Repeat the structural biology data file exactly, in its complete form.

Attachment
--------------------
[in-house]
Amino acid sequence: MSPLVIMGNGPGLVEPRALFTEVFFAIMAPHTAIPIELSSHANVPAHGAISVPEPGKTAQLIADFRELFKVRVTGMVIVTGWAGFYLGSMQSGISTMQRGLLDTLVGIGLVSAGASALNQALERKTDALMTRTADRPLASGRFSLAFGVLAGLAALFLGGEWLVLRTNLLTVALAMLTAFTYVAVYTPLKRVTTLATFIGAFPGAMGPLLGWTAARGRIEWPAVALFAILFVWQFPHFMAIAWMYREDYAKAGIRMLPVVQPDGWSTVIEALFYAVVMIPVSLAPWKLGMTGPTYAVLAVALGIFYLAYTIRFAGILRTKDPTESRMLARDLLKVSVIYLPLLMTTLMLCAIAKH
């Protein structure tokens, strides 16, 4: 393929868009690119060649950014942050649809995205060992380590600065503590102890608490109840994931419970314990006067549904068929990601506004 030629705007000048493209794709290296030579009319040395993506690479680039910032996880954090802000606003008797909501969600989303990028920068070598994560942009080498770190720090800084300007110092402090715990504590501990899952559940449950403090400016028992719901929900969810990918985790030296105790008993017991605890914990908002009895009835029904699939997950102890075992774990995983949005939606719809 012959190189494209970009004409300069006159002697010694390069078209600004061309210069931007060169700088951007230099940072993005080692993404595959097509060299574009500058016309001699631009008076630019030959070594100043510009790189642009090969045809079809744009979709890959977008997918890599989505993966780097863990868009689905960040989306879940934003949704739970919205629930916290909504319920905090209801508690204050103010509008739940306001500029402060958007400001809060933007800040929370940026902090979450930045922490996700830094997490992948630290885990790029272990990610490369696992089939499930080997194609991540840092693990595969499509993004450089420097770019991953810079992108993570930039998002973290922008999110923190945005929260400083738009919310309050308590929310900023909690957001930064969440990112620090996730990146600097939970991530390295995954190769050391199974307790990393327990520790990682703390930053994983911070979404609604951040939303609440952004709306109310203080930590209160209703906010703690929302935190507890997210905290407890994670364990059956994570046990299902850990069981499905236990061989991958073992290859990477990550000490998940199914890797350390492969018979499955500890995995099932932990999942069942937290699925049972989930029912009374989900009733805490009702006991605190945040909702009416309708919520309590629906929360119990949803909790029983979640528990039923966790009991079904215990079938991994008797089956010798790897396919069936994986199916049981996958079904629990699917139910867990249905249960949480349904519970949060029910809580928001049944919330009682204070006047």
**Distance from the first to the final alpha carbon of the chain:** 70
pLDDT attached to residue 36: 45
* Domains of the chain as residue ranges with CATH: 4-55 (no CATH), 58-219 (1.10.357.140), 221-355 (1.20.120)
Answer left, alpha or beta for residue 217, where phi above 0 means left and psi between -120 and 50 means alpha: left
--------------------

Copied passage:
[in-house]
Amino acid sequence: MSPLVIMGNGPGLVEPRALFTEVFFAIMAPHTAIPIELSSHANVPAHGAISVPEPGKTAQLIADFRELFKVRVTGMVIVTGWAGFYLGSMQSGISTMQRGLLDTLVGIGLVSAGASALNQALERKTDALMTRTADRPLASGRFSLAFGVLAGLAALFLGGEWLVLRTNLLTVALAMLTAFTYVAVYTPLKRVTTLATFIGAFPGAMGPLLGWTAARGRIEWPAVALFAILFVWQFPHFMAIAWMYREDYAKAGIRMLPVVQPDGWSTVIEALFYAVVMIPVSLAPWKLGMTGPTYAVLAVALGIFYLAYTIRFAGILRTKDPTESRMLARDLLKVSVIYLPLLMTTLMLCAIAKH
């Protein structure tokens, strides 16, 4: 393929868009690119060649950014942050649809995205060992380590600065503590102890608490109840994931419970314990006067549904068929990601506004 030629705007000048493209794709290296030579009319040395993506690479680039910032996880954090802000606003008797909501969600989303990028920068070598994560942009080498770190720090800084300007110092402090715990504590501990899952559940449950403090400016028992719901929900969810990918985790030296105790008993017991605890914990908002009895009835029904699939997950102890075992774990995983949005939606719809 012959190189494209970009004409300069006159002697010694390069078209600004061309210069931007060169700088951007230099940072993005080692993404595959097509060299574009500058016309001699631009008076630019030959070594100043510009790189642009090969045809079809744009979709890959977008997918890599989505993966780097863990868009689905960040989306879940934003949704739970919205629930916290909504319920905090209801508690204050103010509008739940306001500029402060958007400001809060933007800040929370940026902090979450930045922490996700830094997490992948630290885990790029272990990610490369696992089939499930080997194609991540840092693990595969499509993004450089420097770019991953810079992108993570930039998002973290922008999110923190945005929260400083738009919310309050308590929310900023909690957001930064969440990112620090996730990146600097939970991530390295995954190769050391199974307790990393327990520790990682703390930053994983911070979404609604951040939303609440952004709306109310203080930590209160209703906010703690929302935190507890997210905290407890994670364990059956994570046990299902850990069981499905236990061989991958073992290859990477990550000490998940199914890797350390492969018979499955500890995995099932932990999942069942937290699925049972989930029912009374989900009733805490009702006991605190945040909702009416309708919520309590629906929360119990949803909790029983979640528990039923966790009991079904215990079938991994008797089956010798790897396919069936994986199916049981996958079904629990699917139910867990249905249960949480349904519970949060029910809580928001049944919330009682204070006047």
**Distance from the first to the final alpha carbon of the chain:** 70
pLDDT attached to residue 36: 45
* Domains of the chain as residue ranges with CATH: 4-55 (no CATH), 58-219 (1.10.357.140), 221-355 (1.20.120)
Answer left, alpha or beta for residue 217, where phi above 0 means left and psi between -120 and 50 means alpha: left